The Making of a Burn Nurse
I went into nursing in midlife as a change of career. I was in a Second Degree/ Second Career program. Within my clinical small group was a thoroughly entertaining and wonderful guy who worked as a nurse tech in the local Burn Unit ICU. He would regale us Newbies with fascinating stories of the laughter and tears of burn nursing. I was convinced...when I finished my education, I wanted to be a Burn Nurse.
I started out as a shiny new Grad Nurse in the Burn ICU. What an overwhelming, yet thrilling rite of passage that time was. Learning so many new skills...from basic nursing, to ICU, to burn patient specific nursing kept me humble, to say the least. I will never forget "Stan." Stan came to our unit when I had been there maybe a month and a half. He was a "95 percenter" with 2nd and 3rd degree burns over his whole body...I was told his chance of survival was next to nil. It was customary on our unit to give the most critical patients to the newest nurse (with resources of course), so that we could be exposed to various experiences and hone our new skills.
I was terrified. How would I take care of this poor man when I knew so little? My preceptor was awesome, and taught me not to fear the ICU burn patient. "Don't be afraid to move the lines...trace them back and find out what they are for...ask questions." I learned so much so quickly and I was hooked. Stan was, looking back, the most influential patient I ever had because he taught me to be a nurse.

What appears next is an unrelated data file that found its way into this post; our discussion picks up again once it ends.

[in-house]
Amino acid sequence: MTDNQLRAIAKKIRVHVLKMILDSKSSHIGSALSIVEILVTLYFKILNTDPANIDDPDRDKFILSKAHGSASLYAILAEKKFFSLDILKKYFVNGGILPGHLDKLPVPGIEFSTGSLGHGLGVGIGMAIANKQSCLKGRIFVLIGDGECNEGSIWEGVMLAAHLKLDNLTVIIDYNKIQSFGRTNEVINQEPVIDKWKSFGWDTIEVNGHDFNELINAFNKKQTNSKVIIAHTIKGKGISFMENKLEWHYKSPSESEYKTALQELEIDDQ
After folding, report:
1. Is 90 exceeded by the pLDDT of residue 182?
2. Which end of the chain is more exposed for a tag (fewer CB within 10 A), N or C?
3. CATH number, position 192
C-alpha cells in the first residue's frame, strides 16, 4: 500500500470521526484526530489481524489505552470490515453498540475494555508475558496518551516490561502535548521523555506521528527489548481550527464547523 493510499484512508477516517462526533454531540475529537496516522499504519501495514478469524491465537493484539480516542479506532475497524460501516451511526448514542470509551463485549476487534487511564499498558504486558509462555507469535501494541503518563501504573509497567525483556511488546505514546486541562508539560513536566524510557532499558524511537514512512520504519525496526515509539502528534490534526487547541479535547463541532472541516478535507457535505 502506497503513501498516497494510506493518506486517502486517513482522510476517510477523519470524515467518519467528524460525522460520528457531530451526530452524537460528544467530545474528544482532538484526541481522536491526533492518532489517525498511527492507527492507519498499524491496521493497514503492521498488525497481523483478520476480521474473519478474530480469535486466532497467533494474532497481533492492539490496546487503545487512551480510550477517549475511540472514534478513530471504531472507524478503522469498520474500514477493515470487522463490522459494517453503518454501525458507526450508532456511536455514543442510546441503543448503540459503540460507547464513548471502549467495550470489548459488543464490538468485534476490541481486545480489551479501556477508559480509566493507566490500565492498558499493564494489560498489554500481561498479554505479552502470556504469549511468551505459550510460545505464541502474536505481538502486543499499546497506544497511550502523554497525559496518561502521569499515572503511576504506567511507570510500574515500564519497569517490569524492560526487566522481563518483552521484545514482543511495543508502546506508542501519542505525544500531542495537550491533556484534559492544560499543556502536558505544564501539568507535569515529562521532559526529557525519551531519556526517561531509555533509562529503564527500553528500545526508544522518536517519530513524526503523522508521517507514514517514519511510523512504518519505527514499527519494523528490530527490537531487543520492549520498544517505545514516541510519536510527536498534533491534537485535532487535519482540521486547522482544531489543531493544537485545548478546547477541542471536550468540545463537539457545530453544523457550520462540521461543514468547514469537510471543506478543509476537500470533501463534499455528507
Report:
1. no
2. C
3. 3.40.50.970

He was in a drug-induced coma for the first three months. I worked midnights, and had many long conversations with his wife, who was allowed to stay with him from time to time. Later when he was awake, she was a constant fixture in his room. I learned that as a nurse, you are there to treat the family and the patient, especially on the burn unit, where if a patient survived, he was likely to be there for a long time. Stan was with us 14 months.
His dressing changes were BID, and excruciatingly painful for him. I learned to work quickly and effectively, and to be generous with the PRN pain meds. His dressing changes were often a 3-4 hour procedure, from the Hubbard tub debridement to the final wrap. It was an art form just to know how to estimate the number of burn gauzes and cling wraps and jars (yes JARS) of Silvadene. His genitals were badly burned and it was inspiring to see how much his wife wanted to know everything about his care, and how affectionate she was with him. His fingers were fused and many had to be amputated. He narrowly avoided amputation of his legs.
Once he was off the ventilator, many months into his stay with us, he became very depressed. There were many nights when he would weep. On more than one occasion he would summon me to his air-filled Clinitron bed and say, "Please...you have the power...take my life. Turn up the morphine and Ativan and let me go. My life is not worth living." I would hold his hand and let him talk...gently reminding him of all the people who loved him, and the progress he had made. He was such an inspiration. He beat the odds. He got through all of it...the depression, the burns, the countless skin graft and contracture release surgeries, the PT and OT...even an emergency cholysystectomy.
When the day came 14 months later for him to go home, he was proudly sitting in the wheelchair, and motioned me over to him. He said, "Thank you...you have made all the difference to me. You and the other nurses here have made me want to live. I have so many opportunities. I know now that if I can get through this, I can do anything!"
Thank you Stan, for helping to make me the nurse I am today. I will never forget you.
Joined Jun '08; Posts: 182; Likes: 94.
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